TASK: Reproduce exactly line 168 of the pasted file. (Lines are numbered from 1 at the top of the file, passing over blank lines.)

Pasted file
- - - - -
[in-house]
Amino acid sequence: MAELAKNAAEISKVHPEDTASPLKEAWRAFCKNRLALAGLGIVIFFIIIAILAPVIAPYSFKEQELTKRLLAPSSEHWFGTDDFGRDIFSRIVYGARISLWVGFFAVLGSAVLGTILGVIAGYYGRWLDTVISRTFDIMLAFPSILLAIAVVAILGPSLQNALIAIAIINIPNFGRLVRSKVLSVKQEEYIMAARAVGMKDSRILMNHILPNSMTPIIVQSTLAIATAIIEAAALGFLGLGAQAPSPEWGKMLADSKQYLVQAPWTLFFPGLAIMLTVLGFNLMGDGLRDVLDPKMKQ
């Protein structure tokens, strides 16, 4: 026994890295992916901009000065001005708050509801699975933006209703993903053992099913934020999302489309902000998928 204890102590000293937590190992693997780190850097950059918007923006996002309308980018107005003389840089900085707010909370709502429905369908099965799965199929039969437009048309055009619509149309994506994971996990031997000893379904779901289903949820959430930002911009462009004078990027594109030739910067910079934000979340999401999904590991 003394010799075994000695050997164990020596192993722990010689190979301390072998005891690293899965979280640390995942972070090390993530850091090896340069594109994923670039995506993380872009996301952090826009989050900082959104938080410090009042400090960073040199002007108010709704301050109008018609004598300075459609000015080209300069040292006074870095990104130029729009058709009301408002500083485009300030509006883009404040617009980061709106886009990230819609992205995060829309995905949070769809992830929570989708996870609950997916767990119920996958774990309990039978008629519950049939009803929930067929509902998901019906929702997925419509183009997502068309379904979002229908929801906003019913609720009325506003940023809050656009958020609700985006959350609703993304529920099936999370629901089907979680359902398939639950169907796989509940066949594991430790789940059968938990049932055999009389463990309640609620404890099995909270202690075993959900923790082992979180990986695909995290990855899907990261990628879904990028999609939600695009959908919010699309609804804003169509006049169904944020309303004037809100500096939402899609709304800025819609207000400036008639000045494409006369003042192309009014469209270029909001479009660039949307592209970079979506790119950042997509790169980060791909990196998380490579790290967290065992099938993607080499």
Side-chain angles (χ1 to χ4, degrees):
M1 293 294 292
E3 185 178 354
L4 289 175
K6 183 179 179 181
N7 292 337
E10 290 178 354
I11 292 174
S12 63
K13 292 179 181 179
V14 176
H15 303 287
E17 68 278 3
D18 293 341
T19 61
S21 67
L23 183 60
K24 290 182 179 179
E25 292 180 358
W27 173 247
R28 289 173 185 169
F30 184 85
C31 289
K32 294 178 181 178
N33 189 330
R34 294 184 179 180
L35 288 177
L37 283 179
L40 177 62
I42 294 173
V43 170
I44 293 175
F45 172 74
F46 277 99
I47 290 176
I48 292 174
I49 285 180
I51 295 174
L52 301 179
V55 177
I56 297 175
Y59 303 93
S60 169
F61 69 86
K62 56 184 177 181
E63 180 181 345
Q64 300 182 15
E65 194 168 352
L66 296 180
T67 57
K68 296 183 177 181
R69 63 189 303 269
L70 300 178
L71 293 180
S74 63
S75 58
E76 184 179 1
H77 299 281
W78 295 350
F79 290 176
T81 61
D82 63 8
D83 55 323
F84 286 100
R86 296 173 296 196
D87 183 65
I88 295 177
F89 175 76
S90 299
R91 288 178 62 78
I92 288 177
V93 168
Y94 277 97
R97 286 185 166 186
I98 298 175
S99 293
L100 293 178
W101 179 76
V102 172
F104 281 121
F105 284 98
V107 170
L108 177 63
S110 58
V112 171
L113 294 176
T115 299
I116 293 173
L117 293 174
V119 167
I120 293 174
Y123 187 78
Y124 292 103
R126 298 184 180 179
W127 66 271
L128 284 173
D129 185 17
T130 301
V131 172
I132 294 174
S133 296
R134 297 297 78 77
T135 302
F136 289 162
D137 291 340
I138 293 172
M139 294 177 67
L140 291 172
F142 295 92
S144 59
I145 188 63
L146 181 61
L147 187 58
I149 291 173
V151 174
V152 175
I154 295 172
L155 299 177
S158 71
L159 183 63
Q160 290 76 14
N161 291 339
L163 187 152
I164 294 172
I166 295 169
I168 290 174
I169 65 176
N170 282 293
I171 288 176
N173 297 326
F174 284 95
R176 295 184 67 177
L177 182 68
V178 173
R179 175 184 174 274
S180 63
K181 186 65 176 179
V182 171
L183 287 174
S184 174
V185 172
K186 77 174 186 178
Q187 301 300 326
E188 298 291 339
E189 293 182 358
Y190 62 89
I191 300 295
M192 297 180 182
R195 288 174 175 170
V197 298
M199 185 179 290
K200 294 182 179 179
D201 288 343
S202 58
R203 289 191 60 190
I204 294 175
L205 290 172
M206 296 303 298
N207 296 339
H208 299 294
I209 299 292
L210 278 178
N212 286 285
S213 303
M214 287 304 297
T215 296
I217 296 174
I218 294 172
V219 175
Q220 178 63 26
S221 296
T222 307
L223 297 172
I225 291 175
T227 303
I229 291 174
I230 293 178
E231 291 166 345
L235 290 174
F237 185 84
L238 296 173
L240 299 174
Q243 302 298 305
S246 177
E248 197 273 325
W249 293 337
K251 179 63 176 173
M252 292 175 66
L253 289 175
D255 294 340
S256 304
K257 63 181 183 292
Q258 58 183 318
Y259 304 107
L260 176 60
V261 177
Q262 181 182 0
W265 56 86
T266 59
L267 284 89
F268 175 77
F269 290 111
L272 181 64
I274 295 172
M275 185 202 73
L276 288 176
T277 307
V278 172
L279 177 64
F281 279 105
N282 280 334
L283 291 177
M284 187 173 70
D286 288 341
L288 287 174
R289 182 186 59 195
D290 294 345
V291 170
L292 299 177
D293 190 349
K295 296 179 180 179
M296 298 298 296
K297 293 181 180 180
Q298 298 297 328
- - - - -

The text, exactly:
M214 287 304 297